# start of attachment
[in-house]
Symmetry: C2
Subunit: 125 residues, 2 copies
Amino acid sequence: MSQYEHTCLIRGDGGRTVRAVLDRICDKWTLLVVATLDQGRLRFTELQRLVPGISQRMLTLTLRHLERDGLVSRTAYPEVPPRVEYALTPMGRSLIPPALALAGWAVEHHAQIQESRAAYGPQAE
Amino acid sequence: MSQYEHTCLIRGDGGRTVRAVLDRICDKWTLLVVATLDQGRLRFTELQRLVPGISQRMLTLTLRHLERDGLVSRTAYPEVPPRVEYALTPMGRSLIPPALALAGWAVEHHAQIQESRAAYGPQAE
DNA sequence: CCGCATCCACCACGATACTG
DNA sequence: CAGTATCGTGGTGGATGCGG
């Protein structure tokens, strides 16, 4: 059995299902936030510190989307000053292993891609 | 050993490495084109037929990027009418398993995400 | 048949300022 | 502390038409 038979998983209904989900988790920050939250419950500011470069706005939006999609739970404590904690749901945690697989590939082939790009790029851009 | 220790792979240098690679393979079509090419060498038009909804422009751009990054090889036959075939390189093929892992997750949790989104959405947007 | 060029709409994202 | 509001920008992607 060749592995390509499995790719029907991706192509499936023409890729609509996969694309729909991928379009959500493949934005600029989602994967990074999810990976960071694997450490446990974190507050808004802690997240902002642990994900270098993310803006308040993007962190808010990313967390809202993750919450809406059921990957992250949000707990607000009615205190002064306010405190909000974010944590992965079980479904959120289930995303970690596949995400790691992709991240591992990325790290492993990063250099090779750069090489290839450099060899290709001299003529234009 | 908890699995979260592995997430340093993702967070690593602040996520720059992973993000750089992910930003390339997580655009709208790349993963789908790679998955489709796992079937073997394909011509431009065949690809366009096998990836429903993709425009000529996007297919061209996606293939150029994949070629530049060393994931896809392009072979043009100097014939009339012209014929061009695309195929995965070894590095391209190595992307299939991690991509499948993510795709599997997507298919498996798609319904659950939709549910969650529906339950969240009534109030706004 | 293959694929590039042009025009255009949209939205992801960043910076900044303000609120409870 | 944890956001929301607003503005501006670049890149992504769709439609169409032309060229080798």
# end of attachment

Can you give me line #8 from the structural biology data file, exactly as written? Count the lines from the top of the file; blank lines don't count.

């Protein structure tokens, strides 16, 4: 059995299902936030510190989307000053292993891609 | 050993490495084109037929990027009418398993995400 | 048949300022 | 502390038409 038979998983209904989900988790920050939250419950500011470069706005939006999609739970404590904690749901945690697989590939082939790009790029851009 | 220790792979240098690679393979079509090419060498038009909804422009751009990054090889036959075939390189093929892992997750949790989104959405947007 | 060029709409994202 | 509001920008992607 060749592995390509499995790719029907991706192509499936023409890729609509996969694309729909991928379009959500493949934005600029989602994967990074999810990976960071694997450490446990974190507050808004802690997240902002642990994900270098993310803006308040993007962190808010990313967390809202993750919450809406059921990957992250949000707990607000009615205190002064306010405190909000974010944590992965079980479904959120289930995303970690596949995400790691992709991240591992990325790290492993990063250099090779750069090489290839450099060899290709001299003529234009 | 908890699995979260592995997430340093993702967070690593602040996520720059992973993000750089992910930003390339997580655009709208790349993963789908790679998955489709796992079937073997394909011509431009065949690809366009096998990836429903993709425009000529996007297919061209996606293939150029994949070629530049060393994931896809392009072979043009100097014939009339012209014929061009695309195929995965070894590095391209190595992307299939991690991509499948993510795709599997997507298919498996798609319904659950939709549910969650529906339950969240009534109030706004 | 293959694929590039042009025009255009949209939205992801960043910076900044303000609120409870 | 944890956001929301607003503005501006670049890149992504769709439609169409032309060229080798």